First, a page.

But governments and donors are falling short. As Leave no child behind shows, not only is funding shrinking, it’s also failing to target those who need it most: children with disabilities. 

Funding shortfall

Supported by the Open Society Foundations Early Childhood Programme with research from Light for the World and partners*, Leave no child behind examines what 10 influential international donors spend on inclusive early childhood development. Focus countries were Burkina Faso, Mozambique, Zambia and Zimbabwe because they face the most serious challenges in this area. 

Among the donors profiled are UNICEF, the World Bank plus six countries: Belgium, Canada, France, Germany, the UK and USA. Of them, UNICEF was the only one to deliberately target its early childhood investments at the most marginalised children. UNICEF also allocated the largest proportion of its aid budget – 41% – to early childhood development. At the opposite end of the scale was Germany, earmarking just 0.5%. 

Every child counts

Worryingly, the report exposes a consistent data gap. Donors are not measuring how much they allocate to inclusive early childhood development let alone how much of that funding is targeting vulnerable children. 

Apart from UNICEF, none of the donors are targeting them. And even UNICEF has a way to go. To date, only 62% of its early childhood education and intervention programmes target all children, including those with disabilities.

Countries themselves are not collecting the right data. Donors should support them in their efforts to measure how many vulnerable children and children with disabilities are and are not accessing early childhood education. Data should be broken down by age and gender, too.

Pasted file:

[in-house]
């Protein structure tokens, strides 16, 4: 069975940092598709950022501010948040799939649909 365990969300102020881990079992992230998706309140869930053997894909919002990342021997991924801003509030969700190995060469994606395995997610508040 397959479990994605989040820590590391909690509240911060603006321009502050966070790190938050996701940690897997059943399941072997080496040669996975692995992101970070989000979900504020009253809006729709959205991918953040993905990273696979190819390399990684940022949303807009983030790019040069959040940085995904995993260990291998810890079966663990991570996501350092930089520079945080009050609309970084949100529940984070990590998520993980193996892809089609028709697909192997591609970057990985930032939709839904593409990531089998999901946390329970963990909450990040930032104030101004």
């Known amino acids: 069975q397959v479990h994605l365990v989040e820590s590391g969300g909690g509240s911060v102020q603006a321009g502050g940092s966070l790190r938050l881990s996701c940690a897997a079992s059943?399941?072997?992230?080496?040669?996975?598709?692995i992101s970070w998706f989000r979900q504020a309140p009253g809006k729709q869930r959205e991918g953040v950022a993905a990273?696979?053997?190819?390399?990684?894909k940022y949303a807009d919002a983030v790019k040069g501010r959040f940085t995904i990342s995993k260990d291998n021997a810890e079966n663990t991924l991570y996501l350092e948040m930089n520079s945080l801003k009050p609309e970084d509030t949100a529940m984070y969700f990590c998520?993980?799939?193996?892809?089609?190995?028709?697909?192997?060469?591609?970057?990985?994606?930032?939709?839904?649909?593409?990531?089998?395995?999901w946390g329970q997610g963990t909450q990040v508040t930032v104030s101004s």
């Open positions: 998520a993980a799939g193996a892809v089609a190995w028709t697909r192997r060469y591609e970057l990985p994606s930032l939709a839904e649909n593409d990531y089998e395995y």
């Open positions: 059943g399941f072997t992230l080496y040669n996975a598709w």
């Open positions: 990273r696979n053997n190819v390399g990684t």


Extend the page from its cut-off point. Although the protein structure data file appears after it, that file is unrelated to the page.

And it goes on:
Re-setting the starting line

Above all, donors need to increase their spending. Inclusive early childhood education is a smart investment with high returns. In sub-Saharan Africa, every dollar spent increasing pre-primary school enrolment generates an estimated 33% return on investment. It’s relatively inexpensive, too: expanding early childhood development services costs just 50 cents per person per year. 

“The biggest gains are to be made from targeting the most disadvantaged children,” says Nafisa Baboo, Light for the World’s Director of Inclusive Education and co-author of the report. “We need increased funding for inclusive programmes so that children with disabilities benefit from the outset. Governments and donors need to prioritise this now as we build more resilient systems to support our most vulnerable today and in a post-COVID world.” 

With committed investment, we can re-set the starting line for millions of children worldwide so they can re-write their own story – a story where every child matters and no one is left behind.

*Leave no child behind is a joint study by the Early Childhood Development Action Network, Global Campaign for Education, International Disability and Development Consortium, and Light for the World, made possible by funding from the Open Society Foundations